Yang Danxu

Beijing Correspondent, Lianhe Zaobao

Before Yang Danxu became Lianhe Zaobao's Beijing correspondent, she was the newspaper's Shanghai correspondent. When she was based in Shanghai, she covered politics, diplomacy, political economy and social trends in the country, focusing especially on the Yangtze River Delta region.

People walk along Nanjing Road, a main shopping area in Shanghai, China, 10 May 2021. (Aly Song/Reuters)

Post-70s generation CPC stars jockey for position ahead of 20th Party Congress in 2022

In the CPC’s leadership renewal plans, the post-70s generation plays a leading role, having by this time risen to middle and senior positions. Yang Danxu takes stock of political stars in this generation as they take up key positions at the provincial level in the lead-up to the Communist Party of China (CPC)’s 20th Party Congress in 2022.
Patients who have tested positive for Covid-19 are seen inside a centre of the Commonwealth Games (CWG) village which has been temporarily converted into a Covid care facility in New Delhi on 2 May 2021. (Tauseef Mustafa/AFP)

Chinese authorities' Weibo post lambasted for mocking India's coronavirus crisis

A recent post from an official social media account of the Chinese authorities mocking India’s coronavirus situation has been removed following intense debate. Zaobao correspondent Yang Danxu speaks to Chinese academics, who note that such crass comparisons do no favours for China’s image in the international arena.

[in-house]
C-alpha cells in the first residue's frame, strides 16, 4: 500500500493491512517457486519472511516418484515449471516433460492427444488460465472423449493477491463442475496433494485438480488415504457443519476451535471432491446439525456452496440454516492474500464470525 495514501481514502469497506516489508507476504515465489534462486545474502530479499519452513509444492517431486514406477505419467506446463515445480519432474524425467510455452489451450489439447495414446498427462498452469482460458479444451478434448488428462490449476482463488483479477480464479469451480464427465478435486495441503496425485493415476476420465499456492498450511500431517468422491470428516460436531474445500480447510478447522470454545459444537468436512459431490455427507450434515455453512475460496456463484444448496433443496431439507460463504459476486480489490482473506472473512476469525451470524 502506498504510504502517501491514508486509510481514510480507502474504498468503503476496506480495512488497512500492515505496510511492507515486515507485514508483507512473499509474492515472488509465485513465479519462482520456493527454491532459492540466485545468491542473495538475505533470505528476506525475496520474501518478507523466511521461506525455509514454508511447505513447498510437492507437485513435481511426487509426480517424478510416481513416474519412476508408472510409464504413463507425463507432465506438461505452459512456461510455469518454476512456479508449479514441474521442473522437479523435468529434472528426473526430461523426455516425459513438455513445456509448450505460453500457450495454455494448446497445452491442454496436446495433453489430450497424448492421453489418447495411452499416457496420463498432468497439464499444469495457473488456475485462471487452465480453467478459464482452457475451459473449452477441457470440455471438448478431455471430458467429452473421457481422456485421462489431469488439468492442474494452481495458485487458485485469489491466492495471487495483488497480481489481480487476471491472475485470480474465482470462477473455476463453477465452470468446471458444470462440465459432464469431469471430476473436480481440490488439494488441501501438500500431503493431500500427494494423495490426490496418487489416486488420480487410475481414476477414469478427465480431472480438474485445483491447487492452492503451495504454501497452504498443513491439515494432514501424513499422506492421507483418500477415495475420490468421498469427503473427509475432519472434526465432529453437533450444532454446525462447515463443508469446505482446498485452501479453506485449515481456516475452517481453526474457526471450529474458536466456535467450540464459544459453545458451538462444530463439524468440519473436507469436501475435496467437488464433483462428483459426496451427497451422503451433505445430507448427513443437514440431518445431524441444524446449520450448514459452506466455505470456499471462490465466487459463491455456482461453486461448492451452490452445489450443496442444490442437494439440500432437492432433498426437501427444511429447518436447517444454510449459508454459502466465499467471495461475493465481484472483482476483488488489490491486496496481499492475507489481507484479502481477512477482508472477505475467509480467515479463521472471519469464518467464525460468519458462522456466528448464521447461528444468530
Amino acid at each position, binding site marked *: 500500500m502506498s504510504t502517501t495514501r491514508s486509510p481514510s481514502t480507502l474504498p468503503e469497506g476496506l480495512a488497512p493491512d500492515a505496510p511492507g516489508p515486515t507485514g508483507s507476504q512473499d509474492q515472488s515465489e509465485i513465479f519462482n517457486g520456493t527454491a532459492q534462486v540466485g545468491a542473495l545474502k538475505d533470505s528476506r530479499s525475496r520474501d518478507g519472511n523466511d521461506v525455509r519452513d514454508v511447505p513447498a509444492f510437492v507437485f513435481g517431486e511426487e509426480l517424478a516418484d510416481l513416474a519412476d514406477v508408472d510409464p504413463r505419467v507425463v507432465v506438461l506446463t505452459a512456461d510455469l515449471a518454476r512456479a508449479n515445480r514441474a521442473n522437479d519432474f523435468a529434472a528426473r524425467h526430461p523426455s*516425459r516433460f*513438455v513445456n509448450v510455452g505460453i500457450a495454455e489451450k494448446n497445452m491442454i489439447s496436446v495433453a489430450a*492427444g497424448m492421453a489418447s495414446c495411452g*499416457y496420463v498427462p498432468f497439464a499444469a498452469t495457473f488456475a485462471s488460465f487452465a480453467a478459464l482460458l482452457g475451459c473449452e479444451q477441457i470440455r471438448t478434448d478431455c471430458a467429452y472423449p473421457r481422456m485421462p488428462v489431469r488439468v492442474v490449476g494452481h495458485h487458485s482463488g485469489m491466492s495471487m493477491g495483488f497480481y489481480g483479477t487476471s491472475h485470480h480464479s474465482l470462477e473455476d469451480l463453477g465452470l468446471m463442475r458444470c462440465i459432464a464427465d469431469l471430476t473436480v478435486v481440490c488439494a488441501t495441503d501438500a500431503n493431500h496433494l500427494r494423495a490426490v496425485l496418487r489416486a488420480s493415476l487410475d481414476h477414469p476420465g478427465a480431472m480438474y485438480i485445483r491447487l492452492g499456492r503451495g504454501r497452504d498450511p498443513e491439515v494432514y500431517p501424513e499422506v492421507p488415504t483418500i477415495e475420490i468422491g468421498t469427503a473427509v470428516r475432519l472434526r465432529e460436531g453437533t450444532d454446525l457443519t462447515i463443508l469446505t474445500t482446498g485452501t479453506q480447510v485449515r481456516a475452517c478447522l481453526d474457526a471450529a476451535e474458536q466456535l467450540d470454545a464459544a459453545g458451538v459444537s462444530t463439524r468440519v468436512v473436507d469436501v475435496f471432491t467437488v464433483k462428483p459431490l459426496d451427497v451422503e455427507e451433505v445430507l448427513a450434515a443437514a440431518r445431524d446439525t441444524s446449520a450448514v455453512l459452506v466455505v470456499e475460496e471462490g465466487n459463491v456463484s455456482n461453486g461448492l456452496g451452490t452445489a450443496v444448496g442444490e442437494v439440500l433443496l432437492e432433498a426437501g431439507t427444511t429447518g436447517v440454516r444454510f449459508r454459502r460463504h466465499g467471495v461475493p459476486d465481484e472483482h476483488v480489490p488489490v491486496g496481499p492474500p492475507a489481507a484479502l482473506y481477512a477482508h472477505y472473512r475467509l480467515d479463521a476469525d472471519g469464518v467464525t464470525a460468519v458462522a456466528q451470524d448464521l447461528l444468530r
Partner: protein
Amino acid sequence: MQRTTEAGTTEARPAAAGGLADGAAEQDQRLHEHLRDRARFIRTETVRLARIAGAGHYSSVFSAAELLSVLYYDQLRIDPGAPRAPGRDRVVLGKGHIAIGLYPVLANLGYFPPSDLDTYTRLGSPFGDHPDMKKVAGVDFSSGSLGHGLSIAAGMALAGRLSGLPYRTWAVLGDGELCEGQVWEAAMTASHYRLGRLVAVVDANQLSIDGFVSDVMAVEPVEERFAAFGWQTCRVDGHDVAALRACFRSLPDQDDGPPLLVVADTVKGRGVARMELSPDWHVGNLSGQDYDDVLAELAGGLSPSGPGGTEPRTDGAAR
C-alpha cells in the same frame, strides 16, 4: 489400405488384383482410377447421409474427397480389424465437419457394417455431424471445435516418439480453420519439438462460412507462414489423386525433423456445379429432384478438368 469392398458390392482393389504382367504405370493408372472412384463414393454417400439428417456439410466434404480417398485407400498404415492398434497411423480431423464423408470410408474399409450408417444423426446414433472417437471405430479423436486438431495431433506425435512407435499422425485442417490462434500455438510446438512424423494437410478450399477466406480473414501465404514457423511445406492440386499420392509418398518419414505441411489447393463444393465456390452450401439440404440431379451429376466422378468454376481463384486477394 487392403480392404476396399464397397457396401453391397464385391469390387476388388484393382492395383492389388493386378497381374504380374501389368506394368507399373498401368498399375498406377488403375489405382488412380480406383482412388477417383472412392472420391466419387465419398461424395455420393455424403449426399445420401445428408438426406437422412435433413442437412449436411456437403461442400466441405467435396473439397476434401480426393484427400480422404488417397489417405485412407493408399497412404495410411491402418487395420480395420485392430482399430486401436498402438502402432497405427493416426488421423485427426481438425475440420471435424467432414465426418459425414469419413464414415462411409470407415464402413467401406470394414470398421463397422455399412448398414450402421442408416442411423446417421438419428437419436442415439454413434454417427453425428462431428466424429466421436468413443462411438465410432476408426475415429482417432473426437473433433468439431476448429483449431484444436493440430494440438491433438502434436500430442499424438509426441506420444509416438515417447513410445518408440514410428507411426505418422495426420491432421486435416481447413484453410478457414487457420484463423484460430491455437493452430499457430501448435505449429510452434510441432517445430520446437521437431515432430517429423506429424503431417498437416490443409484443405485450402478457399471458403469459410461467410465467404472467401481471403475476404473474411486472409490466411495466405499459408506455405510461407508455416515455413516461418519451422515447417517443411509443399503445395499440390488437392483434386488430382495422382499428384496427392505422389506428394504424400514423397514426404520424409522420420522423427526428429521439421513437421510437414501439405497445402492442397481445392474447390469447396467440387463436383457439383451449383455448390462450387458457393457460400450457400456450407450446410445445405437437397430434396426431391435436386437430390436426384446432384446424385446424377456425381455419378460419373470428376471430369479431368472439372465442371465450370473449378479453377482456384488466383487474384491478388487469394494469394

Patients breathe with the help of oxygen masks inside a banquet hall temporarily converted into a Covid-19 coronavirus ward in New Delhi on 27 April 2021. (Money Sharma/AFP)

India’s Covid-19 crisis: Why New Delhi is wary of Beijing’s goodwill

The US, albeit belatedly, and China are both extending aid to New Delhi in its hour of need in the fight against Covid-19, says Zaobao correspondent Yang Danxu. However, it seems that India has only responded positively to the US and is wary of China’s overtures. Are India’s fears justified?
Protestors hold slogans as they take part in a rally against the Japanese government's decision to release treated water from the stricken Fukushima Daiichi nuclear plant into the ocean, outside of the prime minister's office in Tokyo, Japan, on 13 April 2021. (Yuki Iwamura/AFP)

Fukushima wastewater: Why China is protesting while the US gives the nod

Japan’s neighbours, China the most vociferous among them, have protested against Japan’s decision to dump contaminated water from the Fukushima nuclear plant into the ocean in two years’ time. On the other hand, Western countries have been accused of making minimal noise on account that it’s Japan. Is this another case of geopolitics politicising the situation? Would the world have reacted differently if it were China doing the dumping?
This photo taken on 30 March 2021 shows a medical staff member (centre) administering a dose of the Sinovac Covid-19 coronavirus vaccine at a university in Qingdao in China's eastern Shandong province. (STR/AFP)